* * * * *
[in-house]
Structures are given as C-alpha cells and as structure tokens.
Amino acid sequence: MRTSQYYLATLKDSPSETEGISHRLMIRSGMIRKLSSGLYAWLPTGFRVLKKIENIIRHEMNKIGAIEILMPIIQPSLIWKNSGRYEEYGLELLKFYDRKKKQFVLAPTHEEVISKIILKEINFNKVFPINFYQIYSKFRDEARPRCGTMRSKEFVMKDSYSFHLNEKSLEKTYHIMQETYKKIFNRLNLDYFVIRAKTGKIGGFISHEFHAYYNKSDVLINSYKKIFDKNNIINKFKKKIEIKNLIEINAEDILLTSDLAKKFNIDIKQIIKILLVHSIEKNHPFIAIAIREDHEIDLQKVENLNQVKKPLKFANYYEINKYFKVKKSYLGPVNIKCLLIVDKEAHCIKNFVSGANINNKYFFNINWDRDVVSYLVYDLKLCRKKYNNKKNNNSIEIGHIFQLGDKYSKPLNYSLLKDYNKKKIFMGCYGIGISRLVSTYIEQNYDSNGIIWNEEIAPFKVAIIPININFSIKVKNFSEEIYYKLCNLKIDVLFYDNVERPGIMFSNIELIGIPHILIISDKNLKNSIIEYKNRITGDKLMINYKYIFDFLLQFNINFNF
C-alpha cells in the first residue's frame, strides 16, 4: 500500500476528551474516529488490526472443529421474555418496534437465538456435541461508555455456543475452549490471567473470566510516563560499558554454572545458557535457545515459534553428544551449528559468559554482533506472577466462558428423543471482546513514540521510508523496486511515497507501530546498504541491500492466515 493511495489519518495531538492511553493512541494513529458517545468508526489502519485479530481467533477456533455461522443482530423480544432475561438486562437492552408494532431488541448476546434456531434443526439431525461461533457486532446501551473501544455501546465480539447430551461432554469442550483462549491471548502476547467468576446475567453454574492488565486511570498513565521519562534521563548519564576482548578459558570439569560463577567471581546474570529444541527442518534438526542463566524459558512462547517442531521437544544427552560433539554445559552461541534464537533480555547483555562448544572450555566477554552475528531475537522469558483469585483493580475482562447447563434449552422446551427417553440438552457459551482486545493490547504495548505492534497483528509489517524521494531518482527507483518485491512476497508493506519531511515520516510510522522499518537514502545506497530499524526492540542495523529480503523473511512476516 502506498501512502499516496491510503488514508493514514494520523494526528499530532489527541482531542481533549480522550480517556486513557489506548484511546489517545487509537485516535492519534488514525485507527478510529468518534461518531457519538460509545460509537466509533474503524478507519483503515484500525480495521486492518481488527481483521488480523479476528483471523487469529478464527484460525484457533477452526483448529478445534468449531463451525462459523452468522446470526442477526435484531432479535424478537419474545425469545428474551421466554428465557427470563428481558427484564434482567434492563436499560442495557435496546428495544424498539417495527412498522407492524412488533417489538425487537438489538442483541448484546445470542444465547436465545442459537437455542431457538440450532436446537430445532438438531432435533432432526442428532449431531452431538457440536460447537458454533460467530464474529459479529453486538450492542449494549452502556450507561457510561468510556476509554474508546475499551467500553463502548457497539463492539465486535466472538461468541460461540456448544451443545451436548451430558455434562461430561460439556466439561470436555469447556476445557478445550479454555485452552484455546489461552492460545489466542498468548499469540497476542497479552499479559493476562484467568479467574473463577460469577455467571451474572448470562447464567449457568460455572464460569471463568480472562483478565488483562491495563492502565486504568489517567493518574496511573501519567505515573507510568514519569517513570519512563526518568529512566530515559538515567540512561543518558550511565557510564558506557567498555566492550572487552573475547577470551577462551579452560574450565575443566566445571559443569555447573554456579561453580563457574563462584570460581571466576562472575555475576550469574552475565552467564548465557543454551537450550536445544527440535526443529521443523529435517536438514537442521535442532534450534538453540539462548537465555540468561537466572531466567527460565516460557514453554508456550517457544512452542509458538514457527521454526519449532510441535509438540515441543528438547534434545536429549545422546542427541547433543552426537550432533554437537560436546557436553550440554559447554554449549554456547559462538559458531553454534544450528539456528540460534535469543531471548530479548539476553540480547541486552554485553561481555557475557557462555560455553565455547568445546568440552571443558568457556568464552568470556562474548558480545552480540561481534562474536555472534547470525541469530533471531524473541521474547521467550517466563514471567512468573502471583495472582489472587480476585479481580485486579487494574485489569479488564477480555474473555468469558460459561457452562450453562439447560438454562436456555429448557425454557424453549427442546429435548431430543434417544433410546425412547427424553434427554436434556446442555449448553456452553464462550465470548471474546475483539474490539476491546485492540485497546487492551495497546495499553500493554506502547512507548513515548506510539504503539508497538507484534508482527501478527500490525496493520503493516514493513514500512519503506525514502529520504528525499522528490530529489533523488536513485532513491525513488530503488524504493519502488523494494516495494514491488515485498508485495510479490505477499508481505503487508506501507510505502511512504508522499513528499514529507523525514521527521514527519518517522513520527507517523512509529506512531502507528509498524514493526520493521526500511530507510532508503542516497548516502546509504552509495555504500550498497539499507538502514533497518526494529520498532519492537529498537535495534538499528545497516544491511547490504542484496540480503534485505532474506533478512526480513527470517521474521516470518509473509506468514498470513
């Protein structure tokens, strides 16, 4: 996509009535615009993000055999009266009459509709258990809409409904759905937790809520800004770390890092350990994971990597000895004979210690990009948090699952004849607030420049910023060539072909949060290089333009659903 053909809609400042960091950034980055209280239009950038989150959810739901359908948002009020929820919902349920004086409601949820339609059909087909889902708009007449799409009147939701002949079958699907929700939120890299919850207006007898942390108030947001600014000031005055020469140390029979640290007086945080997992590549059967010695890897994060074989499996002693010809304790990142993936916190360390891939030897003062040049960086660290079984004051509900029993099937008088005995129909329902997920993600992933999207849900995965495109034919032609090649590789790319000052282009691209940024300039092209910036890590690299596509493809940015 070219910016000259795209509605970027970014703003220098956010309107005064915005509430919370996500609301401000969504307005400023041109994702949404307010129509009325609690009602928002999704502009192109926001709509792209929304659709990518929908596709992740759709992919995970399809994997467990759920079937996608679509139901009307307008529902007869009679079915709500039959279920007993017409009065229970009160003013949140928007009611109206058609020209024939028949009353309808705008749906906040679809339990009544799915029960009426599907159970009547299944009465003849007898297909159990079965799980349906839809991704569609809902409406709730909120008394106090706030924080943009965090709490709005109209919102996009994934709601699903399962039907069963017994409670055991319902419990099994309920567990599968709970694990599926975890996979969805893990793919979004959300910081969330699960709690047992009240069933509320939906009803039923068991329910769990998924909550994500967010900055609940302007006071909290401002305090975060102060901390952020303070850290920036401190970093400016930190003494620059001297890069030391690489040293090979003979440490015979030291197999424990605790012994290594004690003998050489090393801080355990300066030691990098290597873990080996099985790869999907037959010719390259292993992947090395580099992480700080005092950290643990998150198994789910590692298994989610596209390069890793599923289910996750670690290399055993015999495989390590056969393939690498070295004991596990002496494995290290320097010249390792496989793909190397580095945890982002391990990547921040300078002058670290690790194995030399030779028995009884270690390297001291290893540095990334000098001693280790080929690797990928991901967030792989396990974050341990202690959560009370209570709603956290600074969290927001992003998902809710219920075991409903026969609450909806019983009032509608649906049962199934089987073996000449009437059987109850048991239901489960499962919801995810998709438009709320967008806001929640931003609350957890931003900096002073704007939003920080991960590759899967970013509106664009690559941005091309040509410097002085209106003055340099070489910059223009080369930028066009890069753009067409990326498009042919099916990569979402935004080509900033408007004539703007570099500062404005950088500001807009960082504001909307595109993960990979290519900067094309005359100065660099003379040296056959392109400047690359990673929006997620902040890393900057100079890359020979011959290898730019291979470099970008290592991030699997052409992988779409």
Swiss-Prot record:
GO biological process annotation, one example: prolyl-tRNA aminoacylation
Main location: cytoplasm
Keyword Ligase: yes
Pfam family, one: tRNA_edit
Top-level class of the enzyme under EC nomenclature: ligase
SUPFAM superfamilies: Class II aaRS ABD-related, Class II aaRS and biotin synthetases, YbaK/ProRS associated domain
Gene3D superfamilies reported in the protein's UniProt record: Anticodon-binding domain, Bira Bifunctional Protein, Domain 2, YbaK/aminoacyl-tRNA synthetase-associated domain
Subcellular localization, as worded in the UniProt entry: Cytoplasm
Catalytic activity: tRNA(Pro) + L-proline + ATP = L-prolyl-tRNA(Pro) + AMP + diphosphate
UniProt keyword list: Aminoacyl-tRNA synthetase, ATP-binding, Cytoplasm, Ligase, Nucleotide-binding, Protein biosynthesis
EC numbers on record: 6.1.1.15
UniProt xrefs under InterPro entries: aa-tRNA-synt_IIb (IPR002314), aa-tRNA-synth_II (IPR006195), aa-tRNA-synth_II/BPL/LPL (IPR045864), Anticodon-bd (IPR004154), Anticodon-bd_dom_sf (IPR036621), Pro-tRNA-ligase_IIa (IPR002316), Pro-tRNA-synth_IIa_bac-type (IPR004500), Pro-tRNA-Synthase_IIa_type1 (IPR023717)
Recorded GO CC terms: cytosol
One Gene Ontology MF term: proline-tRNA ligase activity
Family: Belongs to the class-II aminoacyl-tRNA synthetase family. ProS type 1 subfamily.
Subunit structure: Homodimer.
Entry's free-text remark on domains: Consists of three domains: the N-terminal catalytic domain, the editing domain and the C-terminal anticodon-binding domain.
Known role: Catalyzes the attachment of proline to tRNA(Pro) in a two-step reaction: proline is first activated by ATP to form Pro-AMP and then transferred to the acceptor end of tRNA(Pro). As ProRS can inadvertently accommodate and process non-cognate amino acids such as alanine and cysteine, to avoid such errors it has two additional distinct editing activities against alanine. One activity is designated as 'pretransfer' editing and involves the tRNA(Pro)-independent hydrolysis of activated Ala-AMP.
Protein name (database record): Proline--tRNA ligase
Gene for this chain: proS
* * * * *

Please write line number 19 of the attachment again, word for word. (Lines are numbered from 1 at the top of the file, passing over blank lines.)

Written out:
Recorded GO CC terms: cytosol